Kavan Modi (Monash University)
Thursday, 9 July 2020, 12:00

Abstract:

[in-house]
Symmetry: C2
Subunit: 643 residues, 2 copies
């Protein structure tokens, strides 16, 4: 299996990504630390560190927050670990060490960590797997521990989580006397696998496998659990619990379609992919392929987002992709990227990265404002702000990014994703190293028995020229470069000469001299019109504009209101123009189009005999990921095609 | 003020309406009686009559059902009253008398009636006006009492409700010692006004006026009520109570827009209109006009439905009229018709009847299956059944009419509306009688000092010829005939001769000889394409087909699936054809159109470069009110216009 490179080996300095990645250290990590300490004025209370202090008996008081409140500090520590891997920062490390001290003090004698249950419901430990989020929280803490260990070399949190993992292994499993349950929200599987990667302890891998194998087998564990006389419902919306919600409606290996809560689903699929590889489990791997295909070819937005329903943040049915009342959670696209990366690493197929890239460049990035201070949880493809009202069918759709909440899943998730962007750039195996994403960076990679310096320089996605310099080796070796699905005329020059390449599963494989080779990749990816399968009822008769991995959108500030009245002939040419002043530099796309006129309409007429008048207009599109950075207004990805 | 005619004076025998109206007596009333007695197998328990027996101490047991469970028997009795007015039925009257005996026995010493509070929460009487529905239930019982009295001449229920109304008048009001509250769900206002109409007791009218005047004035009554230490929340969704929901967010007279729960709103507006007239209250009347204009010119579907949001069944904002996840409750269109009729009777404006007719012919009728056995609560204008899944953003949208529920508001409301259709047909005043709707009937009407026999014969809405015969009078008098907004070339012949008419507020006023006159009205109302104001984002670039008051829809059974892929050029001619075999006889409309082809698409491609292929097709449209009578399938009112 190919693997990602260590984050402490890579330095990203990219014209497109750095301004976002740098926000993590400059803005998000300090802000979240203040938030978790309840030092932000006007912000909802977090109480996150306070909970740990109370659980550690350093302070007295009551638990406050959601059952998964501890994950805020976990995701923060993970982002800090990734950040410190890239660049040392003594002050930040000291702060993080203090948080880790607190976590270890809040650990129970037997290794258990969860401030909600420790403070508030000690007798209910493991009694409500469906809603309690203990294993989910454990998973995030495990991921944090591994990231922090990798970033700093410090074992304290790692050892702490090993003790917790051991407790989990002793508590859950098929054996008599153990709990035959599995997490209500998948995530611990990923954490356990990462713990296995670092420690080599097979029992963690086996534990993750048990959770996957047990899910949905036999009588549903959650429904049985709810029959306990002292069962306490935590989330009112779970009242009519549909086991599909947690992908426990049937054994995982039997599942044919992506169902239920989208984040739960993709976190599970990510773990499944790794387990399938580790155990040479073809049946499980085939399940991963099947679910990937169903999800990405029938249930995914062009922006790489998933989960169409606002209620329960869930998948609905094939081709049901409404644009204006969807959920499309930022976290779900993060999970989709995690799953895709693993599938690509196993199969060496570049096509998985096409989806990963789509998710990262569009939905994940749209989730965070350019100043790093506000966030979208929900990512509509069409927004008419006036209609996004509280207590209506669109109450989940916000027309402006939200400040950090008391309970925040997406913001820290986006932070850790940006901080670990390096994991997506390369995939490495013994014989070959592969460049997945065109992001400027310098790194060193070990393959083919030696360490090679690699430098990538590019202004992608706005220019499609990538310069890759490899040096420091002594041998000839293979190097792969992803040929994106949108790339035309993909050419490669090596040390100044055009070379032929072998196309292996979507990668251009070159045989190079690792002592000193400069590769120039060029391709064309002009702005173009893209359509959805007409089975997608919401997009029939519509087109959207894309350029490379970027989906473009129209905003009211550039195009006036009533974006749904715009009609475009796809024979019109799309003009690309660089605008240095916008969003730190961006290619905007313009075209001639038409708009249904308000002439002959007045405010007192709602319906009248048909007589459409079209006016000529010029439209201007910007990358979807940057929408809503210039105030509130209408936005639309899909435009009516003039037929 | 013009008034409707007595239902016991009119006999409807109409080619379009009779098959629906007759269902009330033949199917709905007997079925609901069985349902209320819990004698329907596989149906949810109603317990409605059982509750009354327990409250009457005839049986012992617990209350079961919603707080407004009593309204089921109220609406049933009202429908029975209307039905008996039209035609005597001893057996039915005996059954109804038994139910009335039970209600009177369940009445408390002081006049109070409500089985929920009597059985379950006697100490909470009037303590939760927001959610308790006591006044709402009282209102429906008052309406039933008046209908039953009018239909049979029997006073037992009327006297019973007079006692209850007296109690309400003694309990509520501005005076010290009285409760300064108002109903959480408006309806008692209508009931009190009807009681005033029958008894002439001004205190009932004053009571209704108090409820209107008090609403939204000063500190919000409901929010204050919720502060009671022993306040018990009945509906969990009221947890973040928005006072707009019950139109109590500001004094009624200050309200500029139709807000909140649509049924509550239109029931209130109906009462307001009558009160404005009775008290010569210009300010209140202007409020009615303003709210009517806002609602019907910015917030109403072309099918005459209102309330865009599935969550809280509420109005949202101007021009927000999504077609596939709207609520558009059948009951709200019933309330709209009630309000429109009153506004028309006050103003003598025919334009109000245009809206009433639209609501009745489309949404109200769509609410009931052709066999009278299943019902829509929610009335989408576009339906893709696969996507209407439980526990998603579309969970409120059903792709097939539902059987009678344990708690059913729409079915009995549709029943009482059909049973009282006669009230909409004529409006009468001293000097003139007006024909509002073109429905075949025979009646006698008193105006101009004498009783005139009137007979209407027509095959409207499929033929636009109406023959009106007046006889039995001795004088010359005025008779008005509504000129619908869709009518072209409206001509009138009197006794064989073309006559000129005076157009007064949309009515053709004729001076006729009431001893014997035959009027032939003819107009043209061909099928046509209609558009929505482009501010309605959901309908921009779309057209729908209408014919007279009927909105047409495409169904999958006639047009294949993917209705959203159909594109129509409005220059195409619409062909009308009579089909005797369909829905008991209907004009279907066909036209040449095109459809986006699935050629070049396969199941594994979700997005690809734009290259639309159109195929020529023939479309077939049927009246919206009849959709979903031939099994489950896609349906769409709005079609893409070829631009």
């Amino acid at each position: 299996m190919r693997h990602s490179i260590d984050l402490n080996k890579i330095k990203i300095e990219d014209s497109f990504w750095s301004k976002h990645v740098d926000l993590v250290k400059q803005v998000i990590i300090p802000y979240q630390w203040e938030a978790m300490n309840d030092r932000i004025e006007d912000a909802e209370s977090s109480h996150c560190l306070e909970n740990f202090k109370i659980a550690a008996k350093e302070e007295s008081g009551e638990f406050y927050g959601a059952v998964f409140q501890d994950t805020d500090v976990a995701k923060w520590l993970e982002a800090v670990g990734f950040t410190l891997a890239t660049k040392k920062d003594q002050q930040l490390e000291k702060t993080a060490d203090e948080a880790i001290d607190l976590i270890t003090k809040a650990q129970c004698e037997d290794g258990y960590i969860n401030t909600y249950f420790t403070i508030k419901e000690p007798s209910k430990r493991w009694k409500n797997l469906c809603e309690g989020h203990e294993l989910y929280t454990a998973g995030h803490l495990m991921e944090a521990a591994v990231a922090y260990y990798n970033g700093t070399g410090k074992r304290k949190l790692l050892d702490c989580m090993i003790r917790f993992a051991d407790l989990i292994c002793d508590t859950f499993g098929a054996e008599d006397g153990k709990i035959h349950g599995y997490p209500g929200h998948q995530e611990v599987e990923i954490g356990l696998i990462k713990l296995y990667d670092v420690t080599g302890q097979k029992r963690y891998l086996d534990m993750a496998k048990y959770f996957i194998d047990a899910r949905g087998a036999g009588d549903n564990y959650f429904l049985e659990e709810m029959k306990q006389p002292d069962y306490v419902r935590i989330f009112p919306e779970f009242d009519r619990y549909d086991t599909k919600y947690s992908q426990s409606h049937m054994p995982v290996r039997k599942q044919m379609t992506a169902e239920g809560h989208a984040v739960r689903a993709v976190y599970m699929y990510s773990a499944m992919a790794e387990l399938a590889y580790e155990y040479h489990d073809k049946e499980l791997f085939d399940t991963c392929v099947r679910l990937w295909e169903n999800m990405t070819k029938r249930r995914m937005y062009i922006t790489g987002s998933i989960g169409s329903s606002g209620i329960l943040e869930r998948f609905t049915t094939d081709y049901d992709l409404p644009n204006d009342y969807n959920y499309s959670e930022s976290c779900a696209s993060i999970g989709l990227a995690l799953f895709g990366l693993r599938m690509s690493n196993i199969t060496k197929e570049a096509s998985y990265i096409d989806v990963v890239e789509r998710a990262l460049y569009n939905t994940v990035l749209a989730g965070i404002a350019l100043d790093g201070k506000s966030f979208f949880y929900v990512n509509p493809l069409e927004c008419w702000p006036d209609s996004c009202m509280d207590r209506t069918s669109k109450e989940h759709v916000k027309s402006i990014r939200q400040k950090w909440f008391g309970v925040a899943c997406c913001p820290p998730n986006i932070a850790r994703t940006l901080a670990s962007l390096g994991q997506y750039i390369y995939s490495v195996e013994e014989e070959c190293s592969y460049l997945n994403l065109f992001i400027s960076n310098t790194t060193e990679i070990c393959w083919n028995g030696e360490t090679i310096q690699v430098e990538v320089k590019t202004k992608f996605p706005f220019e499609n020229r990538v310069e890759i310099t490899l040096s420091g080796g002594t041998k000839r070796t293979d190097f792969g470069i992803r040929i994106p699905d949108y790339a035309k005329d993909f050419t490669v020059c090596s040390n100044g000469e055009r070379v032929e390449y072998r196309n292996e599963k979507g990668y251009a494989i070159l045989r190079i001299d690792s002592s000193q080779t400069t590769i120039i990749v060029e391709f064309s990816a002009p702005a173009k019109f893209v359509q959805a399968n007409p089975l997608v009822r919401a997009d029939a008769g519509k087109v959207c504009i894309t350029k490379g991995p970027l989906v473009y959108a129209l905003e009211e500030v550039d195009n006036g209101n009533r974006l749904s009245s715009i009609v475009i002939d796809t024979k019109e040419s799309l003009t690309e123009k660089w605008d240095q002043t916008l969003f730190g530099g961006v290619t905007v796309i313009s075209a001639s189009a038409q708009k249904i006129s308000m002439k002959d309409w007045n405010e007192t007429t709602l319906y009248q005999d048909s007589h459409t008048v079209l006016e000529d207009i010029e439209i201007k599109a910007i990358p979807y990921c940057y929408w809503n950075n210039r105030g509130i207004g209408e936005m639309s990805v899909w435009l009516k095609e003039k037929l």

Computational mechanics is concerned with constructing a minimal model to track a stochastic process. In the past three decades it has developed a sophisticated toolkit, including a ready to use algorithm (CSSR), to readily infer the minimal model from a given time series data. Here, we apply techniques from the field of computational mechanics to evaluate the statistical complexity of neural recording data from fruit flies drosophila. First, we connect a central measure in computational mechanics, the statistical complexity, to the flies’ level of conscious arousal, which is manipulated by general anaesthesia (isoflurane). We show that the complexity of even single channel time series data decreases under anaesthesia. The observed difference in complexity between the two states of conscious arousal increases as higher orders of temporal correlations are taken into account. Another key result of computational mechanics is that it can account for temporal asymmetry of a stochastic process. We show here that anaesthesia also modulates the informational structure between the forward and reverse-time neural signals. Specifically, using three distinct notions of temporal asymmetry we show that anaesthesia reduces temporal asymmetry on information-theoretic and information-geometric grounds. In contrast to prior work, our results show that: (1) Complexity differences can emerge at very short time scales and across broad regions of the fly brain, thus heralding the macroscopic state of anaesthesia in a previously unforeseen manner, and (2) that general anaesthesia also modulates the temporal asymmetry of neural signals. Together, our results demonstrate that anaesthetised brains become both less structured and more reversible.

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